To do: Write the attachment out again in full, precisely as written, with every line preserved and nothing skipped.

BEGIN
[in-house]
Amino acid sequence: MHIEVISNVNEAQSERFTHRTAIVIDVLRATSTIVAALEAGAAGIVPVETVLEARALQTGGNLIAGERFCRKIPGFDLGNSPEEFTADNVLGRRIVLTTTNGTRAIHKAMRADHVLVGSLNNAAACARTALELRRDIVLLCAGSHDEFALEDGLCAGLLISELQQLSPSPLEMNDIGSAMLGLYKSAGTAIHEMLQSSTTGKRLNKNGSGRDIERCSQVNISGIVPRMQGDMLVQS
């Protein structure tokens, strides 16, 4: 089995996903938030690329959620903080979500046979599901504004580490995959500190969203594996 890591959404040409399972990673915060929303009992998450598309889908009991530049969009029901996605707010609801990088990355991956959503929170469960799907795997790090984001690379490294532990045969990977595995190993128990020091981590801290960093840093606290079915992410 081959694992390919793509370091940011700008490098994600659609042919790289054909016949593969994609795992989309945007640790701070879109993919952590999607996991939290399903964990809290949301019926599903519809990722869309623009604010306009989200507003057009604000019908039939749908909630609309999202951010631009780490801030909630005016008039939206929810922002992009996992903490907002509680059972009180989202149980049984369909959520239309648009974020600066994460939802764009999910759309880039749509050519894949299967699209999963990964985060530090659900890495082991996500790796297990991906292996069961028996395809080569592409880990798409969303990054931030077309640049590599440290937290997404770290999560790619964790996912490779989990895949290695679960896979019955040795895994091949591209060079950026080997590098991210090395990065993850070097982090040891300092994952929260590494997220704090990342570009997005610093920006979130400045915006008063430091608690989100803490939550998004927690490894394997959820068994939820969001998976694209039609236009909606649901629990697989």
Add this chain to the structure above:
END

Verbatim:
[in-house]
Amino acid sequence: MHIEVISNVNEAQSERFTHRTAIVIDVLRATSTIVAALEAGAAGIVPVETVLEARALQTGGNLIAGERFCRKIPGFDLGNSPEEFTADNVLGRRIVLTTTNGTRAIHKAMRADHVLVGSLNNAAACARTALELRRDIVLLCAGSHDEFALEDGLCAGLLISELQQLSPSPLEMNDIGSAMLGLYKSAGTAIHEMLQSSTTGKRLNKNGSGRDIERCSQVNISGIVPRMQGDMLVQS
């Protein structure tokens, strides 16, 4: 089995996903938030690329959620903080979500046979599901504004580490995959500190969203594996 890591959404040409399972990673915060929303009992998450598309889908009991530049969009029901996605707010609801990088990355991956959503929170469960799907795997790090984001690379490294532990045969990977595995190993128990020091981590801290960093840093606290079915992410 081959694992390919793509370091940011700008490098994600659609042919790289054909016949593969994609795992989309945007640790701070879109993919952590999607996991939290399903964990809290949301019926599903519809990722869309623009604010306009989200507003057009604000019908039939749908909630609309999202951010631009780490801030909630005016008039939206929810922002992009996992903490907002509680059972009180989202149980049984369909959520239309648009974020600066994460939802764009999910759309880039749509050519894949299967699209999963990964985060530090659900890495082991996500790796297990991906292996069961028996395809080569592409880990798409969303990054931030077309640049590599440290937290997404770290999560790619964790996912490779989990895949290695679960896979019955040795895994091949591209060079950026080997590098991210090395990065993850070097982090040891300092994952929260590494997220704090990342570009997005610093920006979130400045915006008063430091608690989100803490939550998004927690490894394997959820068994939820969001998976694209039609236009909606649901629990697989």
Add this chain to the structure above: